Dream Architecture for a Human Rights Museum
By Karina Mirochnik
“The only one of its kind in the world,” boasts the new Canadian Museum for Human Rights (CMHR) that opened its doors last year in Winnipeg, the capital of the western province of Manitoba. A landlocked city of over half a million inhabitants known for its frigid winters, Winnipeg has a long human rights legacy, from feminist and social activist Nellie McClung’s fight for women’s suffrage in the early 1900s, to the ongoing struggle for the rights of Indigenous peoples. Moreover, Manitoba was the first province in Canada to give women the vote, and it is home to the country’s largest urban Indigenous population. With the CMHR’s stated purpose being “to explore the subject of human rights, with special but not exclusive reference to Canada,” global women’s rights issues are an integral part of the museum’s various exhibits.
Canada’s first new national museum since 1967 is located next to the Forks National Historic Site, where the Red and the Assiniboine rivers meet in downtown Winnipeg. Designed by American architect Antoine Predock, the architecturally stunning building is often compared to the iconic Guggenheim Museum Bilbao in Spain. Its soaring Tower of Hope spire and sweeping walls of windows form a new silhouette on the city’s skyline, while its grounds, planted with 15 species of prairie grass, create the largest urban installation of natural vegetation in the country.
At a cost of $351 million dollars, the CMHR is a joint venture between public and private funds. It won four awards at this year’s annual meeting of the American Alliance of Museums in Atlanta for its interactive kiosks, tables, and games, along with the museum’s interactive mobile phone app—the first of its kind in the world.
Visitors travel through 11 core galleries divided thematically along 800 meters of glowing ramps of Spanish alabaster—a literal path of light through the darkness. It takes about 30 minutes to walk continuously from the main entrance through all of the key human rights exhibits over seven levels that lead to the Tower’s observation deck.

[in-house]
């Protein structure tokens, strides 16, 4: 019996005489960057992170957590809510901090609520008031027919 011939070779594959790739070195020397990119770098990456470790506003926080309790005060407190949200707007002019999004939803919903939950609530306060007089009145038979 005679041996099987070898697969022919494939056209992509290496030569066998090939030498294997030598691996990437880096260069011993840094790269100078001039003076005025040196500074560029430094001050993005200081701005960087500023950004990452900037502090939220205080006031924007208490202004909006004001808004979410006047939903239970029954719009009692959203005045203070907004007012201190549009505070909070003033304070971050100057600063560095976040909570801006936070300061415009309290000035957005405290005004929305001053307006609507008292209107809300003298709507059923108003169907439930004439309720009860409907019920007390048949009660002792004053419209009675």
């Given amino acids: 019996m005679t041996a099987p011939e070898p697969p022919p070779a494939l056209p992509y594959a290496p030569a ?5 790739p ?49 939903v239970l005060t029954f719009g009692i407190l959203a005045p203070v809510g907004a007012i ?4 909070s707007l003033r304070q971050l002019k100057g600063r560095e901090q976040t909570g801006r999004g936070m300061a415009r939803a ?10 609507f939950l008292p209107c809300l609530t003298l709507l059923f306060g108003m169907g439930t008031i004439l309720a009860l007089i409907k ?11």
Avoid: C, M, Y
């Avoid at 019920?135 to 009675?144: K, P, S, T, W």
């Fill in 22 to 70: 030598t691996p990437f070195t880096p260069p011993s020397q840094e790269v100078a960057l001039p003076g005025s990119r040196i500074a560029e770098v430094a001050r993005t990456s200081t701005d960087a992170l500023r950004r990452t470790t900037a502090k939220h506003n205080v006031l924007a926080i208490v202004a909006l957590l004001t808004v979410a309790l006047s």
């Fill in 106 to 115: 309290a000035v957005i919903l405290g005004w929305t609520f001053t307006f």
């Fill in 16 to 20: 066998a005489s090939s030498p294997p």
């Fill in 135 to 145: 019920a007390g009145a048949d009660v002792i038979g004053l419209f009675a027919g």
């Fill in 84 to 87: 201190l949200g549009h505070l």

As visitors enter the museum, they are greeted by a wall onto which “Welcome” is projected in 36 languages, including 12 Indigenous tongues. On the floor is a bronze cast of a 750-year-old moccasin print discovered during an onsite archaeological excavation in 2008. The journey continues onto the next level with the galleries What are Human Rights, Indigenous Perspectives, and Canadian Journeys. The latter, the largest in the museum, explores dozens of Canadian-related human rights stories across a 29-meter digital screen. Two levels up, a gallery called Examining the Holocaust explores not only the Nazi-directed genocide, but also Canada’s own experiences with anti-Semitism.
Accounts of women’s rights can be found in most of the galleries but they are not isolated to a single location. Stories of violation, survival, resistance, and inspiration are woven in the 11 galleries. Colonel Jeannie Carignan is one of four introductory “video people” who explain what human rights mean to them. As the first female commanding officer of a combat unit in the Canadian Armed Forces, she talks about women’s rights and equal treatment in the military. An artifact case features British suffragette sashes and badges from 1909 and 2009. A timeline includes feminist thinkers, writers, and activists like Mary Wollstonecraft, Harriet Martineau, Mirza Fatali Akhundov, Betty Friedan, Gloria Steinem, and Mary Robinson.
In the Protecting Rights in Canada gallery, there is an exploration of rights issues in Canada’s legal system including the 1999 Supreme Court case surrounding a female firefighter who was fired for failing newly instituted fitness standards. Another exhibit showcases the efforts of thousands of Canadian women to have gender equality rights entrenched in the 1982 Charter of Rights and Freedoms. Turning Points for Humanity has a large interactive exhibit with videos about women’s right to drive cars in Saudi Arabia and the “Bell Bajao” campaign against domestic violence.
There is also a photo exhibit called Actions Count, designed to counter prejudice against Muslim women who wear the hijab (veil). An interactive table game includes a scenario where players attempt to organize events that build understanding about Muslim women.
Rights Today is a world map that includes women’s rights as one of five illustrating themes and presents a selection of stories and issues from around the world, while Inspiring Change looks at women’s resistance to Apartheid in South Africa.